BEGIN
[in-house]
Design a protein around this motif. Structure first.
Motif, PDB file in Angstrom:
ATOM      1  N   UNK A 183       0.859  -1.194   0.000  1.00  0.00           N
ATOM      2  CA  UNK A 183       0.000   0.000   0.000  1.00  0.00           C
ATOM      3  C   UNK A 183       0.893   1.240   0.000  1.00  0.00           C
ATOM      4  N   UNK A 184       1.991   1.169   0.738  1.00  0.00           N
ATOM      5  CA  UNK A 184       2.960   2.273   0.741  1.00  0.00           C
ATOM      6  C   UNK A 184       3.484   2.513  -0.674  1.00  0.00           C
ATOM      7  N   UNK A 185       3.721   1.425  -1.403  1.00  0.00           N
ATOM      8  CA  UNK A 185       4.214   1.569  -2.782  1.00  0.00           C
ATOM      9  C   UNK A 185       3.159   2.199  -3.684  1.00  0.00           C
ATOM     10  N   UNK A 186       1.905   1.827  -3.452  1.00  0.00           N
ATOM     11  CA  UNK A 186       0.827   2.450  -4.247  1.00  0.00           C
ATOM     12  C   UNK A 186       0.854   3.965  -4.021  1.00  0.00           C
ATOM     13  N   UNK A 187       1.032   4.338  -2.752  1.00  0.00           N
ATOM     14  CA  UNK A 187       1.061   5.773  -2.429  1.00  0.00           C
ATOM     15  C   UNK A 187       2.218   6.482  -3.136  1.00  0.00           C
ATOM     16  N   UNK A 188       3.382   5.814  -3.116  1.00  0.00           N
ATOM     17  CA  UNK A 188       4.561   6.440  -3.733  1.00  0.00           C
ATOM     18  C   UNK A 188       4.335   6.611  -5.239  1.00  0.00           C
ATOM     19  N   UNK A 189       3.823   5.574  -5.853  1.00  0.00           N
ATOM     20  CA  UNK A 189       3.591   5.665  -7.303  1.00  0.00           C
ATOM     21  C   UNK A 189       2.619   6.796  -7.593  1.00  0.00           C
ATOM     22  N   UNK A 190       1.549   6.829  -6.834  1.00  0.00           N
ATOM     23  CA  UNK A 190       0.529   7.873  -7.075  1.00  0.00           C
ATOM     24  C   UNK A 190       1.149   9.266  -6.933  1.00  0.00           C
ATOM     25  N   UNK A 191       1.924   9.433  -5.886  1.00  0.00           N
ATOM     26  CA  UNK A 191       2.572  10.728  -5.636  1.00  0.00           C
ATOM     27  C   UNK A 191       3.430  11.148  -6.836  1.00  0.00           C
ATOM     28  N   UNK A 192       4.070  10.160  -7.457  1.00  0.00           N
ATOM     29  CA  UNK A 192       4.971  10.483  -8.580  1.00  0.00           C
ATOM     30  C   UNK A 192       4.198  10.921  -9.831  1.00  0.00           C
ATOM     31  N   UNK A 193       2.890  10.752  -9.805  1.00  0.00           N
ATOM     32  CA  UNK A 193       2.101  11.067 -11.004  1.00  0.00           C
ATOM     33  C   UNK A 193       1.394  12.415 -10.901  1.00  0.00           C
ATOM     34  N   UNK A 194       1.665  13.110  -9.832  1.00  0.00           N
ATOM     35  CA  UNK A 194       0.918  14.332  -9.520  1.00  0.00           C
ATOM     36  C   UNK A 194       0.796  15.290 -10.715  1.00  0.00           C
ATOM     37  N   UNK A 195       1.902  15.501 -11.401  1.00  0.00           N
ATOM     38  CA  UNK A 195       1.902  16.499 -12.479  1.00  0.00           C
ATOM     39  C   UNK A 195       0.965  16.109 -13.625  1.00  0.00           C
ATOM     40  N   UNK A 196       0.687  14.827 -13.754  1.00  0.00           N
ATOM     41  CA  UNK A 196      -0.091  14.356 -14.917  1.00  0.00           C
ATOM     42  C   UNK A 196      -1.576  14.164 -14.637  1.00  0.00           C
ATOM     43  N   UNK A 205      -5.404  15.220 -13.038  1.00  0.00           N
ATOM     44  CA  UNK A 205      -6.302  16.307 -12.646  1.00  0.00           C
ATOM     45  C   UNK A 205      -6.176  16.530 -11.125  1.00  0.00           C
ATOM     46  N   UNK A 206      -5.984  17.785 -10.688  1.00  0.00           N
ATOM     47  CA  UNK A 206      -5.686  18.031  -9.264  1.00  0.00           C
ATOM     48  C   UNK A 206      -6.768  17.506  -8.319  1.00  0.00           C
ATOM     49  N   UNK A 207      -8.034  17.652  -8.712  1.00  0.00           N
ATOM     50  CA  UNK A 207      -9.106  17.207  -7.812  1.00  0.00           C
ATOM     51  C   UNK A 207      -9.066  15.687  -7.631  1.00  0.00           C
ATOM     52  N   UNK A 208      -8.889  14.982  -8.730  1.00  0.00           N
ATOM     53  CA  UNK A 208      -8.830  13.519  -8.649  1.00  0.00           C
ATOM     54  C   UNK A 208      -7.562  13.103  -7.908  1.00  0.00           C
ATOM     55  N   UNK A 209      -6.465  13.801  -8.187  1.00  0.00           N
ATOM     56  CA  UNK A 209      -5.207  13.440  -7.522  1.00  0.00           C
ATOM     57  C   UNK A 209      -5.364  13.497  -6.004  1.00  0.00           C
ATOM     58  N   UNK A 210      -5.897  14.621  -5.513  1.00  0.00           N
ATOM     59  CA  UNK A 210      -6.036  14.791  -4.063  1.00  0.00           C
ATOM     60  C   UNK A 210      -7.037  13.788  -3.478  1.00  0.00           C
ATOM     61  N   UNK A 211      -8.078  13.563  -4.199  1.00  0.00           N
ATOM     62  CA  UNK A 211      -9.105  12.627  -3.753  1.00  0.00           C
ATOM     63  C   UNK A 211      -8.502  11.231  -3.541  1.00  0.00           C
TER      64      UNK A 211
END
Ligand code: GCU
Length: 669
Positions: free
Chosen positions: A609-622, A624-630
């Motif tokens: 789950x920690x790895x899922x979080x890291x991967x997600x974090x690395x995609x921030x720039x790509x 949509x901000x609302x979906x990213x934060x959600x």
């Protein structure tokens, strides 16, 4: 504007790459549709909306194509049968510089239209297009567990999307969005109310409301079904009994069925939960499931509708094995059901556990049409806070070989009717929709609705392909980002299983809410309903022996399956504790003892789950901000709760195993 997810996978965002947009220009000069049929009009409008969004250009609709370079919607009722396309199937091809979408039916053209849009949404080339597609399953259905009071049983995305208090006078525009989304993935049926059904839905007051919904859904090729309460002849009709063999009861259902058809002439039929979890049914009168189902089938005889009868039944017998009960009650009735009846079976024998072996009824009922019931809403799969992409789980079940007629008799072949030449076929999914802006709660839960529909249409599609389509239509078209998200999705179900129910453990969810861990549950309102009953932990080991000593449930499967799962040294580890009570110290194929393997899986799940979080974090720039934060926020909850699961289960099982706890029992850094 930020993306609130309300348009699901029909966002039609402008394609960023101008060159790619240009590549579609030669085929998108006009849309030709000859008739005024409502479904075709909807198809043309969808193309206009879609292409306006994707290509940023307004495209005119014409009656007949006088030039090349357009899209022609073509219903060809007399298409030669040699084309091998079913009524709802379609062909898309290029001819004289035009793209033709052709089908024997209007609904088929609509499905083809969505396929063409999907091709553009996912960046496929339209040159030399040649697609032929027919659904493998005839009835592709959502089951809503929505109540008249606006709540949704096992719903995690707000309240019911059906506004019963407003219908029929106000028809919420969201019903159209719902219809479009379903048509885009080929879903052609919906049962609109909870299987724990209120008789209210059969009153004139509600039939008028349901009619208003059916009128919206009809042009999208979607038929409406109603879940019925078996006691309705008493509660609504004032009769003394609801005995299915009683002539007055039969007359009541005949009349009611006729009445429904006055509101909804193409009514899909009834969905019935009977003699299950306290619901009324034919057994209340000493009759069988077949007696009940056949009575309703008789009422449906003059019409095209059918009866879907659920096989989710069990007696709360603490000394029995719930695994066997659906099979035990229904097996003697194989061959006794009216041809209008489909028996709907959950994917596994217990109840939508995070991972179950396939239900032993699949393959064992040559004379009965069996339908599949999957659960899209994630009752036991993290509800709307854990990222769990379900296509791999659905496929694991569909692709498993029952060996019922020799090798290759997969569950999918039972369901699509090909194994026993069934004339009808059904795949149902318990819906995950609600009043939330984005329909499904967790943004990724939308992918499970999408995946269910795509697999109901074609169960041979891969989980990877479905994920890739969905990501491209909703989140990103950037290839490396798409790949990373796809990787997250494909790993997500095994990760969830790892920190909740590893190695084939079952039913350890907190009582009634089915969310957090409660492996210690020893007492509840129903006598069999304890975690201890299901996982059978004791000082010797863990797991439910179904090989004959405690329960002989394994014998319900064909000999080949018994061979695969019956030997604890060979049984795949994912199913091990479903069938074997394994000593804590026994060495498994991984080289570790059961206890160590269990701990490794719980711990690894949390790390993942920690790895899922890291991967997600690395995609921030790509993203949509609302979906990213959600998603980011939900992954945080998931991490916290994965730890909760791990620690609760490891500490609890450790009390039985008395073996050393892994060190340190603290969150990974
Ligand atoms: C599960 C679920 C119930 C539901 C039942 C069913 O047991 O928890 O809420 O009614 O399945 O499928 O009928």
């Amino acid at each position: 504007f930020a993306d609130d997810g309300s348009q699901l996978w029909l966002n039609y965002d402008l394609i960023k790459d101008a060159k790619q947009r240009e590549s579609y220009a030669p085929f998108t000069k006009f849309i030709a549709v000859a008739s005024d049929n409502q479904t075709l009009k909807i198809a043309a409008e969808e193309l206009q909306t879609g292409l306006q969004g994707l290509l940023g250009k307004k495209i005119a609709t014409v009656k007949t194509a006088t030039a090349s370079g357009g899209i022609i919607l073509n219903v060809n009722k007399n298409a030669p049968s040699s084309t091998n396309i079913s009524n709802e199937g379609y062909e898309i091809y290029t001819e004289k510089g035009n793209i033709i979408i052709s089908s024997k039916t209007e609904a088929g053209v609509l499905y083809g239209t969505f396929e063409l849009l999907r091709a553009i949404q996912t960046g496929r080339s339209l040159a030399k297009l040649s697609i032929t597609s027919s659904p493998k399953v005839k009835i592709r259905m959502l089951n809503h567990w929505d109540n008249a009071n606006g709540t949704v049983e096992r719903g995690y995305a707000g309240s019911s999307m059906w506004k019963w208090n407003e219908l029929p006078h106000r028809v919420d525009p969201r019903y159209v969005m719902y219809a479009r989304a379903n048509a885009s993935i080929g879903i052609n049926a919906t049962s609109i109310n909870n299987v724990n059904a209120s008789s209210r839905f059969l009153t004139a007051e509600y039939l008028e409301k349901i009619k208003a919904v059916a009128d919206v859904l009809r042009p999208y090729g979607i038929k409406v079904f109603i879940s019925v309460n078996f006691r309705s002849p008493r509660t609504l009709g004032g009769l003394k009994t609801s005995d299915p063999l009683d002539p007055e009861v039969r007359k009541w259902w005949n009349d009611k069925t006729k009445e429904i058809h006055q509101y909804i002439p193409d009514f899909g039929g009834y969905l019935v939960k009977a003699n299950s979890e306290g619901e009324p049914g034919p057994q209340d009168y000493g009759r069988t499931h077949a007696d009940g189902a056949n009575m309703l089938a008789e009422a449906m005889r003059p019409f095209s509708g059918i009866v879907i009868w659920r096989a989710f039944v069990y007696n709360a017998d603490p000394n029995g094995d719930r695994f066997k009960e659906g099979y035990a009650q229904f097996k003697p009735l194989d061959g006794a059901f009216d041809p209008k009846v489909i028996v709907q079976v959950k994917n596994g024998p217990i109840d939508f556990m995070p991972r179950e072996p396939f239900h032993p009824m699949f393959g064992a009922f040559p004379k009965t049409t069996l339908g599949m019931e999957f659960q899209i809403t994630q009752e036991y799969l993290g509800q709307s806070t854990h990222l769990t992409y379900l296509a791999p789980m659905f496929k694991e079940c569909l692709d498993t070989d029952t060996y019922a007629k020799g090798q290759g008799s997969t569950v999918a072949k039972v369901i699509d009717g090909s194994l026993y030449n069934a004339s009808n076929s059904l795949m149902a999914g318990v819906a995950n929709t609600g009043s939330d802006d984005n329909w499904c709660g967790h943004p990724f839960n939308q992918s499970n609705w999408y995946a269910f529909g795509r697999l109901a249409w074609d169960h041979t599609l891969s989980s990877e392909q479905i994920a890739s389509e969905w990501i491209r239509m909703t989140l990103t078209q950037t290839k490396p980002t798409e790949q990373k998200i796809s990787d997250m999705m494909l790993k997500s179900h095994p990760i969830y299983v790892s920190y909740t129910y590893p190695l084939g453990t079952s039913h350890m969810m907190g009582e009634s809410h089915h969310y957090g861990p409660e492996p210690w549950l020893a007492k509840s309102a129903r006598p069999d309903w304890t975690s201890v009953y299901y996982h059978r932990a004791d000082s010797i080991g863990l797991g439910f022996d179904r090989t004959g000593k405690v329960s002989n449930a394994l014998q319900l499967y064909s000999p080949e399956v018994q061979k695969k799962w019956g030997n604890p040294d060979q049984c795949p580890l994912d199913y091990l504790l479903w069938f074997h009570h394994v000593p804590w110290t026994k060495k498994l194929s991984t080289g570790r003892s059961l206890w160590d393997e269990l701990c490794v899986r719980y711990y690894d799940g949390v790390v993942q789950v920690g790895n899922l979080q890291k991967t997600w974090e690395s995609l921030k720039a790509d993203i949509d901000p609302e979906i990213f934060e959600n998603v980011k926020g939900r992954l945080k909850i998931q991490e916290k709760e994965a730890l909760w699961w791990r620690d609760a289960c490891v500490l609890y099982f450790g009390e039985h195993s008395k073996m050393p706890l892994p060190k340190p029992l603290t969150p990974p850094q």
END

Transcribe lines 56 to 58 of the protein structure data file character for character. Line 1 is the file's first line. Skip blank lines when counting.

ATOM     53  CA  UNK A 208      -8.830  13.519  -8.649  1.00  0.00           C
ATOM     54  C   UNK A 208      -7.562  13.103  -7.908  1.00  0.00           C
ATOM     55  N   UNK A 209      -6.465  13.801  -8.187  1.00  0.00           N